“Bye, Bill,” I said. “Hasta luego.

He stopped. “Hasta — oh, you speak Spanish, too?”

Un poco,” I said, my usual response. I held up my fingers as if measuring a pinch of salt. “Un poquito.

He brightened. “Oh, that’s all right! That’s very good! It’s very good, you go to Mexico, you can talk with somebody else. That’s good!”

“I can say, ‘Quiero una cerveza.‘”

He laughed for a long time at that, then turned away again. “OK, thank you very much, then.”

“OK,” I said. “Adios, amigo.” I started gathering my things. On the table, the tape recorder was still running.

Bill came back into the room. Smiling, he met my eyes. He said, “Oh, you speak Spanish, too?”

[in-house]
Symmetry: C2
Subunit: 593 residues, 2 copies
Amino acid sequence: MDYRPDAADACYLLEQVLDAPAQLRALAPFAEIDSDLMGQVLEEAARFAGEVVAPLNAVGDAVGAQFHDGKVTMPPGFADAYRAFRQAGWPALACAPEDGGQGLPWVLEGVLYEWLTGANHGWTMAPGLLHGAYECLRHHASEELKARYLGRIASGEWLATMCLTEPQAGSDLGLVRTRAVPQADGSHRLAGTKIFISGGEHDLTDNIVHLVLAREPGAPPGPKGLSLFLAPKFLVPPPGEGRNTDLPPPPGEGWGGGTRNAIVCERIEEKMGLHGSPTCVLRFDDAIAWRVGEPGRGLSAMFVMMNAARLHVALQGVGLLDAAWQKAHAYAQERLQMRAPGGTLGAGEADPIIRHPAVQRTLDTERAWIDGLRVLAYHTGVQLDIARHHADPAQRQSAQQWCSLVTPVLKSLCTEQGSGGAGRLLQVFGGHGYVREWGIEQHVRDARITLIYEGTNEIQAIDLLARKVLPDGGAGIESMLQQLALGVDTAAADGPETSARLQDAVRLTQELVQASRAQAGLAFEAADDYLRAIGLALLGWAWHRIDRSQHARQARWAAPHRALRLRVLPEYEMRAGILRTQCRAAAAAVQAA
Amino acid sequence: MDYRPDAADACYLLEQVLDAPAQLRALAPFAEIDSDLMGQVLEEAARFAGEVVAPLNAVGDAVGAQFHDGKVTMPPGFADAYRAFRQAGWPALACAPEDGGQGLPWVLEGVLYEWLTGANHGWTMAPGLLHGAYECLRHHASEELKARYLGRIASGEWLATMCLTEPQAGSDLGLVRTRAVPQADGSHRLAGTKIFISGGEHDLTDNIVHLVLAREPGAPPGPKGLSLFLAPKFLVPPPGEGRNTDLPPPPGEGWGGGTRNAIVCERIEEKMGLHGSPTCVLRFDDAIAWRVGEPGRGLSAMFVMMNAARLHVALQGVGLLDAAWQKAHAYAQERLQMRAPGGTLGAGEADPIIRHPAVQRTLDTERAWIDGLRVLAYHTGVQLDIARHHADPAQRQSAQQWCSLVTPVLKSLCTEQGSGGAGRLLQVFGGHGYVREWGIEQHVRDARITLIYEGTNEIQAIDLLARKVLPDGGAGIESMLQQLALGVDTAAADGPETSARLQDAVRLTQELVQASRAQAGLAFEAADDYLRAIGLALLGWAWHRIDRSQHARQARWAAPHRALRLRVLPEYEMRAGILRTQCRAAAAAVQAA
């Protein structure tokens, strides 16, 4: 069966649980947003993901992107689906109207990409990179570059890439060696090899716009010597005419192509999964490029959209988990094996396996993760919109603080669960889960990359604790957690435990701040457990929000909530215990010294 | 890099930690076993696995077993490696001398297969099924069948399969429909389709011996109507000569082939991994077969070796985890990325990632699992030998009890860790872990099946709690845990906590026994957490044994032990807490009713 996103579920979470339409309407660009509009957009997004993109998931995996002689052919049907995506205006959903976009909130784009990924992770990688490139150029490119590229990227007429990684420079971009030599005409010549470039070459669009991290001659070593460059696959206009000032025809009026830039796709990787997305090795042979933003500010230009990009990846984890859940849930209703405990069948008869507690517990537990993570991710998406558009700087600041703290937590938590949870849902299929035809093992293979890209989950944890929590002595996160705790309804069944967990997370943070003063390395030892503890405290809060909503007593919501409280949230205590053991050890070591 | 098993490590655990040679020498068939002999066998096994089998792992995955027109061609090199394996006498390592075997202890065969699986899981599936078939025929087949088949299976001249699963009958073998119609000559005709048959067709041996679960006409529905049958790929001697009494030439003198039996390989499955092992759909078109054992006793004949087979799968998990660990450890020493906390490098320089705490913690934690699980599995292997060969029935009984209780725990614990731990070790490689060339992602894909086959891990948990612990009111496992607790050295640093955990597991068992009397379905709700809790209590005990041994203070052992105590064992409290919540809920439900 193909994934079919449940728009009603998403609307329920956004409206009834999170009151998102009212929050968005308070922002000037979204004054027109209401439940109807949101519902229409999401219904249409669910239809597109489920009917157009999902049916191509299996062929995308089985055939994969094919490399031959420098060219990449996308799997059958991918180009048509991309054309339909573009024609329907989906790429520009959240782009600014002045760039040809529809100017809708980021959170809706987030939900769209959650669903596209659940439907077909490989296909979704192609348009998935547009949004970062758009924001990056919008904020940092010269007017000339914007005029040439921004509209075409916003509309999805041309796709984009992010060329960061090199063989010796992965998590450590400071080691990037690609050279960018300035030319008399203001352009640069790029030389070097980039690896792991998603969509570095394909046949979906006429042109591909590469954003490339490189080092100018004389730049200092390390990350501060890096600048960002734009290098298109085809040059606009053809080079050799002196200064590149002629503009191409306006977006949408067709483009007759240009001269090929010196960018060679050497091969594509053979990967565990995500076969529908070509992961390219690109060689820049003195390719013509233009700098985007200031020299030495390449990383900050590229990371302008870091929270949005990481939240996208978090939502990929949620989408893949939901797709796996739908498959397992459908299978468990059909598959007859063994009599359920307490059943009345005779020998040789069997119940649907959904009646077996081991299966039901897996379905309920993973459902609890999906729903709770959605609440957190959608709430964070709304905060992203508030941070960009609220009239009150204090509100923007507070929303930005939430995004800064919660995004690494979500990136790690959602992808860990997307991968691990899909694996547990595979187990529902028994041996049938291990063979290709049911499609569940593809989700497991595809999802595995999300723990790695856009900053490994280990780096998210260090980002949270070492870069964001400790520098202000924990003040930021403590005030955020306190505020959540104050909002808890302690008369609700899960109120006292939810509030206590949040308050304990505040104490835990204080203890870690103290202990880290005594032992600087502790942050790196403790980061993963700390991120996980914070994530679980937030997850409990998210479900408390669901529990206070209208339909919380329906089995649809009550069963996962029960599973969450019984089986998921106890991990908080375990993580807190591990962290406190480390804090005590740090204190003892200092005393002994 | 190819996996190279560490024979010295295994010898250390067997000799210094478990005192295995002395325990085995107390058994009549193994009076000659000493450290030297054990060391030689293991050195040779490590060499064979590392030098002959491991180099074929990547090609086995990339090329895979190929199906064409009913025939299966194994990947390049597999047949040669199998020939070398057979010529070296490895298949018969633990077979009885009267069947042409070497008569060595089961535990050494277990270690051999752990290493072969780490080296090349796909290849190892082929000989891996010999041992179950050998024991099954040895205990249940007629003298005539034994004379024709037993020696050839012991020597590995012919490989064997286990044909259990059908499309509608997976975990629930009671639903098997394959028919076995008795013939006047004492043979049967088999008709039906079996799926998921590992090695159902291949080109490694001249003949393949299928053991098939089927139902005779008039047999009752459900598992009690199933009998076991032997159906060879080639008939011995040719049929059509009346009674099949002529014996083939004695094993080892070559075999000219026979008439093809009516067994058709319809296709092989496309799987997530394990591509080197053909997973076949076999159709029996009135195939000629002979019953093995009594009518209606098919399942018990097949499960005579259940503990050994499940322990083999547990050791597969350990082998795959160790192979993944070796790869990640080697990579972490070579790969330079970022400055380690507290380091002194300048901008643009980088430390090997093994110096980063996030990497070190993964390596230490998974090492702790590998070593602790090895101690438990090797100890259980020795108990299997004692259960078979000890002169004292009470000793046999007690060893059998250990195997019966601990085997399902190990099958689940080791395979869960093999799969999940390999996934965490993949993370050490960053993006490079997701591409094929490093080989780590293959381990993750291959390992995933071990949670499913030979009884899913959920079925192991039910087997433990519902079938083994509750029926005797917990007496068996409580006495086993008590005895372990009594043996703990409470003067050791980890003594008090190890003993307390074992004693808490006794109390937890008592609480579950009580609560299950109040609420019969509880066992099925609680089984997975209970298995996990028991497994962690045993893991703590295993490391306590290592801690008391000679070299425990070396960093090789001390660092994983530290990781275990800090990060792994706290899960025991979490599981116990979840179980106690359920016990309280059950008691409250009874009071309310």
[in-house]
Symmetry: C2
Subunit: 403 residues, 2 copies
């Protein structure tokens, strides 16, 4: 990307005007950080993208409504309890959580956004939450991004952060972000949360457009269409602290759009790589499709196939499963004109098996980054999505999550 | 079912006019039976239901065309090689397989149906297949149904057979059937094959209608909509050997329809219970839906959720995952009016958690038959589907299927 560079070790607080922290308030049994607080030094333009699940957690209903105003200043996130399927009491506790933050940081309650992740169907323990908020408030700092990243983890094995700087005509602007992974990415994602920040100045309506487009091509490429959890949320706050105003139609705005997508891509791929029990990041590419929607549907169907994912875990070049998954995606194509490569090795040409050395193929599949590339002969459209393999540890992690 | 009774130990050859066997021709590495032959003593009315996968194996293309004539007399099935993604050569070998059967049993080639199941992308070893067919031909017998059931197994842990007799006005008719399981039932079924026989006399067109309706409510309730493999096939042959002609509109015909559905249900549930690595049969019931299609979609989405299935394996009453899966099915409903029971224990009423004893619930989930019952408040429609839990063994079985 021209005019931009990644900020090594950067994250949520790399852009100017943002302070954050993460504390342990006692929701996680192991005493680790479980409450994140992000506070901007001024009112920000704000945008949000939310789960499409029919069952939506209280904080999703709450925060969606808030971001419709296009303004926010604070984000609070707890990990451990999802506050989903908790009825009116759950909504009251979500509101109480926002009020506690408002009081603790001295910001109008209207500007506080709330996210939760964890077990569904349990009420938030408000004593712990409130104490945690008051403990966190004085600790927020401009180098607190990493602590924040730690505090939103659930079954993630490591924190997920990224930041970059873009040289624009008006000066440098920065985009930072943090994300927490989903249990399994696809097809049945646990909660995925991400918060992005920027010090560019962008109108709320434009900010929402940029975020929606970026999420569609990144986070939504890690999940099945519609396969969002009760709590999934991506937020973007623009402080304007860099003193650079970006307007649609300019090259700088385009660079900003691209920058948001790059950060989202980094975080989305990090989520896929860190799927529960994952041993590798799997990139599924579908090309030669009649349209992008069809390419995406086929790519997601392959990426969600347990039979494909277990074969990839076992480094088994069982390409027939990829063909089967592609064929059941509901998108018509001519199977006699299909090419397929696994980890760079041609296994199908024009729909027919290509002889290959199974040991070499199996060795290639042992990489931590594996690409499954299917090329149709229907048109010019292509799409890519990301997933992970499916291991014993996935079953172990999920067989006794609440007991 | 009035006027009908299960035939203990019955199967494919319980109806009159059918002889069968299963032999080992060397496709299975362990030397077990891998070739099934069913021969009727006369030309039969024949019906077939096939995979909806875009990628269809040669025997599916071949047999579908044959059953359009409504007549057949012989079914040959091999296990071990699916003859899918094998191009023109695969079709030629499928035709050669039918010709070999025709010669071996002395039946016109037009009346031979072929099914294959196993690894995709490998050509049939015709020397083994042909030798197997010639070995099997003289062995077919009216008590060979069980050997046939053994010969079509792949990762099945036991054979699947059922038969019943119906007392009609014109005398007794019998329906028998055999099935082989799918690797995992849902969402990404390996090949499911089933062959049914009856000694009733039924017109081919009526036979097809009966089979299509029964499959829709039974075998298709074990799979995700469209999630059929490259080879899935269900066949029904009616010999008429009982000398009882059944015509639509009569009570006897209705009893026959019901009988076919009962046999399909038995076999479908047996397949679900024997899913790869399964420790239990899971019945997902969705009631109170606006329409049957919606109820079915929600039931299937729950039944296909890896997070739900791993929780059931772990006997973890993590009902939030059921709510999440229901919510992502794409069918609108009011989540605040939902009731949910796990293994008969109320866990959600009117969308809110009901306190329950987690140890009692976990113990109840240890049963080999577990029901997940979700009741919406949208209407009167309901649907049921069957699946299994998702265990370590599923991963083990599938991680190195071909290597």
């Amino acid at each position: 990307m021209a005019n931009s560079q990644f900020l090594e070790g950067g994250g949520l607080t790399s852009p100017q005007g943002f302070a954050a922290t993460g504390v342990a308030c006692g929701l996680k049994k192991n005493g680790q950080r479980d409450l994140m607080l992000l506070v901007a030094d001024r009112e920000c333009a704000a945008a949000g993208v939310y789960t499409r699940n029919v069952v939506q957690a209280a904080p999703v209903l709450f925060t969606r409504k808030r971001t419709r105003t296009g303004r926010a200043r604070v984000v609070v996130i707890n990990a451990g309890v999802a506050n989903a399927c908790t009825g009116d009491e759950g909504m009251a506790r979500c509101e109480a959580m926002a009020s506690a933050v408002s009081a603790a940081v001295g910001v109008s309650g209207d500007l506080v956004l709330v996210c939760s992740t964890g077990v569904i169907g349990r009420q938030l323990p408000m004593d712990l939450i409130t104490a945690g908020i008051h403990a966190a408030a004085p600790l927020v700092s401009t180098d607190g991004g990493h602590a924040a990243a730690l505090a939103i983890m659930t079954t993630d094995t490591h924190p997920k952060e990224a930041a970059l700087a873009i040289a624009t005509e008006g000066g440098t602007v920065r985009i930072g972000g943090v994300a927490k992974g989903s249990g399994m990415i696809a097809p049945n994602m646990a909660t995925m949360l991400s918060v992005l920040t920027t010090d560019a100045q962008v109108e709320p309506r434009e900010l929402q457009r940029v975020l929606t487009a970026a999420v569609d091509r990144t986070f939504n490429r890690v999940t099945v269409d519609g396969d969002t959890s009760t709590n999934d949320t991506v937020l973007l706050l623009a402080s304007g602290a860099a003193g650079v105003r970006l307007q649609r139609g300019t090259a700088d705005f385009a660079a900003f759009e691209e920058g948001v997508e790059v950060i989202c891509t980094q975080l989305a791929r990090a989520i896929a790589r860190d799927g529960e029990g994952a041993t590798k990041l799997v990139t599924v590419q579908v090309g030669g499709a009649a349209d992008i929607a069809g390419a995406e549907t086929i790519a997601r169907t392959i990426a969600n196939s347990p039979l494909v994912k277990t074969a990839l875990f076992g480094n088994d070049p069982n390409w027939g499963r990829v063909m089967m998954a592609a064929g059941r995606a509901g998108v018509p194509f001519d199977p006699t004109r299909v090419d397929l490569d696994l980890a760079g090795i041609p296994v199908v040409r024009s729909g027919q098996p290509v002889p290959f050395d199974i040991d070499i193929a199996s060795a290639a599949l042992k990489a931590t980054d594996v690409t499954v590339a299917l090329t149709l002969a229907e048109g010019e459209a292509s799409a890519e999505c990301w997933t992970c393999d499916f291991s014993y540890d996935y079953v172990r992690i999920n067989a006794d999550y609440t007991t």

“Oh, I don’t know,” I said. I was a little confused, and not entirely sure I wanted to have the same conversation all over again.

“That’s all right, that’s the way we learn!” he said enthusiastically. “When I come over to the United States, I don’t even know one word of English. It’s not hard to learn. It’s not hard if you’re willing to. There’s nothing that’s impossible for a man to learn, if they have the courage. Some people are too shy. That’s not right. You got to learn by yourself. Enjoy your life, too. That’s the way it’s got to be. You can’t be over there” — at this, he huffed up his chest, stuck out his lips, and swaggered a little — “some kind of big man. The best is to get along. A lot of people, they don’t want to mix it up with some people. But the best place is to be among the people over there, enjoy yourself. It passes by. The time pass for you, too. A lot of people, before you know it, start fighting each other like cats and dogs. No, the best policy is to get along to everybody. I guess it’s my opinion, too.”

“It’s true,” I said. “You’re right.”